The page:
The Good News and Bad News for Montana Medical Marijuana Patients


While some Montanans have voiced their dissent with the recent decisions made by the Montana Supreme Court, not enough have spoken up to make clear that the public supports medical marijuana patient’s right to access their medicine. The Montana Supreme Court recently made a statement in response to the outcry against their drastic changes on the medical marijuana laws of Montana. More to save face and appease the public than anything else, the court ruled to postpone the application of the law changes until August 31, 2016. This heralds both good and bad news.

The Good News: Medical marijuana patients of Montana will have access to their medicine for at least four more months.

The Bad News: The Montana Supreme Court still intends to restrict how medical patients get cannabis after August. This essentially means that they will regulate local dispensaries out of business, thus making it harder for patients to access, and unfortunately, making the black market venues of buying marijuana more attractive to constituents. Overall, this ruling makes it more difficult for the sick and legally registered to have an easy, safe, and law-abiding way to access their medicine.

After August, medical marijuana providers will be forced to shut their doors to patients, and we will all have to band together to fight the injustice brought on by a state government more concerned with outdated stereotypes of cannabis, than facing reality and actually serving the real needs of constituents who prefer natural medicine to chemically derived prescription pill ones.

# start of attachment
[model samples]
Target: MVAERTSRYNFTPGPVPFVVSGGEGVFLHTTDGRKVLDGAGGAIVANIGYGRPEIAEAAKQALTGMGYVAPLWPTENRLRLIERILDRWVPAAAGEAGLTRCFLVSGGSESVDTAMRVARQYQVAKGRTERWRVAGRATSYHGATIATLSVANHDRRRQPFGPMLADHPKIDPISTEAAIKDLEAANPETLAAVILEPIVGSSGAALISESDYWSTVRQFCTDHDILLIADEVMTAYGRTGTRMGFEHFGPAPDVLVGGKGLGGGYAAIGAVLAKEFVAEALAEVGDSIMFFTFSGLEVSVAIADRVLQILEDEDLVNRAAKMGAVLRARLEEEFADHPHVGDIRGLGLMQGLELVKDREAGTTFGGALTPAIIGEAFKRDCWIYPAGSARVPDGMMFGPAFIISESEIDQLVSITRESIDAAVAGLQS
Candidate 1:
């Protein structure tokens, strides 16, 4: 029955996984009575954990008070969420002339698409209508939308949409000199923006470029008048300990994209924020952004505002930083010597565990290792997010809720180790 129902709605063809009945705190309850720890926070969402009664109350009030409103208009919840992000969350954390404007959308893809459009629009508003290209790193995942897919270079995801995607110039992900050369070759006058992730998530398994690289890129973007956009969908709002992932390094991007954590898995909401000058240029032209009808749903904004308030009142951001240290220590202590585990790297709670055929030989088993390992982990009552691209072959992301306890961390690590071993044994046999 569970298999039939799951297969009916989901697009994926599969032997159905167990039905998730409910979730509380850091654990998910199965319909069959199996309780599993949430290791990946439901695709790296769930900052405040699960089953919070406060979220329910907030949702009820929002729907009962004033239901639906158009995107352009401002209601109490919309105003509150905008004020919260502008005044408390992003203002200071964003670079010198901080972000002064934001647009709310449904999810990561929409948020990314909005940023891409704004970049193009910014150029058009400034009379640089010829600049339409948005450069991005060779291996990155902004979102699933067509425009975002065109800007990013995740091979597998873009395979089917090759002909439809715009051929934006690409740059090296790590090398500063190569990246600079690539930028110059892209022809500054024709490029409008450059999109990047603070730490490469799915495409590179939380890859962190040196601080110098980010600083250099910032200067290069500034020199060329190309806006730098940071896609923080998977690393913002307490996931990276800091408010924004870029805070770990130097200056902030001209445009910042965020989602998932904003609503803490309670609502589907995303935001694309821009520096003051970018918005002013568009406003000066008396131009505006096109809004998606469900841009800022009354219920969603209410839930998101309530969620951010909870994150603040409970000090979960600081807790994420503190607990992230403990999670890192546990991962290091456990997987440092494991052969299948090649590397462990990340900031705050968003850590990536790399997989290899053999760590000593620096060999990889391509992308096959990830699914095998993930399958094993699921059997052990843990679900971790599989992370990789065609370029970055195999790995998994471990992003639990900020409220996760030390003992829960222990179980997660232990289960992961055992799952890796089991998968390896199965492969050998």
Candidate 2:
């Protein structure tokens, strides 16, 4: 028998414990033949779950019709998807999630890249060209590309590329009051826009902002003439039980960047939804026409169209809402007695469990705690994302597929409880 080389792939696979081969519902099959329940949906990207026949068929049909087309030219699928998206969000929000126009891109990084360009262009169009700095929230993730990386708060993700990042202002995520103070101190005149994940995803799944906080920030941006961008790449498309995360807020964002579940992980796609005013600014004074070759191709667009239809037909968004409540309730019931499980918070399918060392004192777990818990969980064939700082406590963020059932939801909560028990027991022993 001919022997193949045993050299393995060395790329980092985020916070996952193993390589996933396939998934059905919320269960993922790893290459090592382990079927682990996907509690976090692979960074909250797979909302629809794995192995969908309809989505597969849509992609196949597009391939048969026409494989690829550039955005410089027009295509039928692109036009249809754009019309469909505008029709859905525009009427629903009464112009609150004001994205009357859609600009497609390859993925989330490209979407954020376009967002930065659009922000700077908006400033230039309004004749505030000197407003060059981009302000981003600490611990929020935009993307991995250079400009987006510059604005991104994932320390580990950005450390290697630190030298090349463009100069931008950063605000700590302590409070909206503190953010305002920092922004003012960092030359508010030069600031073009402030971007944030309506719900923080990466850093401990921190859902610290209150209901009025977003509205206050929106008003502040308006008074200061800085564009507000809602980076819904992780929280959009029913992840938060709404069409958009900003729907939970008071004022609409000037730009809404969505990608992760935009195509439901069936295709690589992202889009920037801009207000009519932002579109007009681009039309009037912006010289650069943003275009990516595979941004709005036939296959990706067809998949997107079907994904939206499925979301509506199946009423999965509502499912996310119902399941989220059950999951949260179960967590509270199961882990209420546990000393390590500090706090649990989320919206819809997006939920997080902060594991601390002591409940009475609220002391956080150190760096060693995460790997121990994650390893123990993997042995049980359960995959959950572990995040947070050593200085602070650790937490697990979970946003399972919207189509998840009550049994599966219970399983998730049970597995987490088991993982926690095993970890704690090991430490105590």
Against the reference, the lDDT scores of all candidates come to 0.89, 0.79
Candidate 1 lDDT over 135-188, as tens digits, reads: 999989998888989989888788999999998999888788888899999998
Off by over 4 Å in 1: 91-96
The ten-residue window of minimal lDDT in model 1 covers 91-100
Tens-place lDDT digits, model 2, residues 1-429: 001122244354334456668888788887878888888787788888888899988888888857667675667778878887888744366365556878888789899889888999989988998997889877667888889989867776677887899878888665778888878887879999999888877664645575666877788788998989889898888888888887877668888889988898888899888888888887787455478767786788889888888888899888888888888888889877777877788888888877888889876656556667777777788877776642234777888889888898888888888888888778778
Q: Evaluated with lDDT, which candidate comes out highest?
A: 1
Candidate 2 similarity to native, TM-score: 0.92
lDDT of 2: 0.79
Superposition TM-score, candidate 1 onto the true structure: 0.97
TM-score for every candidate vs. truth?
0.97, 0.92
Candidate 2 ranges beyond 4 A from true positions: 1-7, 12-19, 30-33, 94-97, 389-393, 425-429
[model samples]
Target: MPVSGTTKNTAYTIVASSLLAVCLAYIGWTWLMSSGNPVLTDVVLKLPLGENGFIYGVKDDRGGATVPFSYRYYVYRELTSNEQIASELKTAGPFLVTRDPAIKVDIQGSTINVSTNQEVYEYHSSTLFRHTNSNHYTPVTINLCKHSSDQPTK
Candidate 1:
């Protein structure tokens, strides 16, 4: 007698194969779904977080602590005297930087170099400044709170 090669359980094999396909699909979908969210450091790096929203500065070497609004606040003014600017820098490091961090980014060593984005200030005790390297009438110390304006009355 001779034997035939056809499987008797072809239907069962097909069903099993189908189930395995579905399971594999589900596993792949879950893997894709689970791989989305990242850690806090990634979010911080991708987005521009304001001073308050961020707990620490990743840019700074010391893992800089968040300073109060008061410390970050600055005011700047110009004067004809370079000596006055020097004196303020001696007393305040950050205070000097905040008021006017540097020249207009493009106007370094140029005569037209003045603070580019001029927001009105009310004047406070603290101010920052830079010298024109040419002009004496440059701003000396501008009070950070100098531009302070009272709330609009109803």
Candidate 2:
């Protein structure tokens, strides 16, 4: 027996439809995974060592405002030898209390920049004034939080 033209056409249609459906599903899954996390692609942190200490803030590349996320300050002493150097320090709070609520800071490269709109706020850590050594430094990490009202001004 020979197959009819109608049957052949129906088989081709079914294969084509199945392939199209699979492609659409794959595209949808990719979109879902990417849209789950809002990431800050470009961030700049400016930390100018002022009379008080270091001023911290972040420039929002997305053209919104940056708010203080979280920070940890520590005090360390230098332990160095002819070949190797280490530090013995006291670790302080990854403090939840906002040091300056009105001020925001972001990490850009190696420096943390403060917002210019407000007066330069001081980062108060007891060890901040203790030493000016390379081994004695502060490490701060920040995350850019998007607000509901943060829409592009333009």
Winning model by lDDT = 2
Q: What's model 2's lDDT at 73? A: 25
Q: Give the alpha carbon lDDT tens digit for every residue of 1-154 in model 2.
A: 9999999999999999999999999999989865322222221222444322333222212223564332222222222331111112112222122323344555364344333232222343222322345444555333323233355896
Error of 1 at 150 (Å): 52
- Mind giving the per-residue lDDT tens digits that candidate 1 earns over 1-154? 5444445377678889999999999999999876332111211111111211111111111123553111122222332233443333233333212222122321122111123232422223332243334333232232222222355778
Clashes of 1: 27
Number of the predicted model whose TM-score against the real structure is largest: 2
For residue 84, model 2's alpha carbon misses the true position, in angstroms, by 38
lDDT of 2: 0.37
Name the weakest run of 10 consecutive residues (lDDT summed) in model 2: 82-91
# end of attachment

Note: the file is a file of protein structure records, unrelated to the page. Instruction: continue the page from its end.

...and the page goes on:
There is, however, a silver lining; we will all have the opportunity to vote on I-182. I-182 is a initiative in November for Montana constituents to vote on medical marijuana and what level patients will be able to access this medicine. This is our chance to exercise our voice as tax paying, law abiding citizens, and either way it offers us the chance to completely reformat the rules on medical marijuana in Montana, making this medicine accessible to those who need it, and allow providers to continue to grow plants for those who cannot grow their own. The law would also make it possible for testing laboratories to legally test cannabis for molds and toxins that might be harmful to humans.

Now is the time to start joining together to fight for I-182, and to show the government and Supreme Court of Montana that the citizens of this great state believe in the right to choose their own medicine.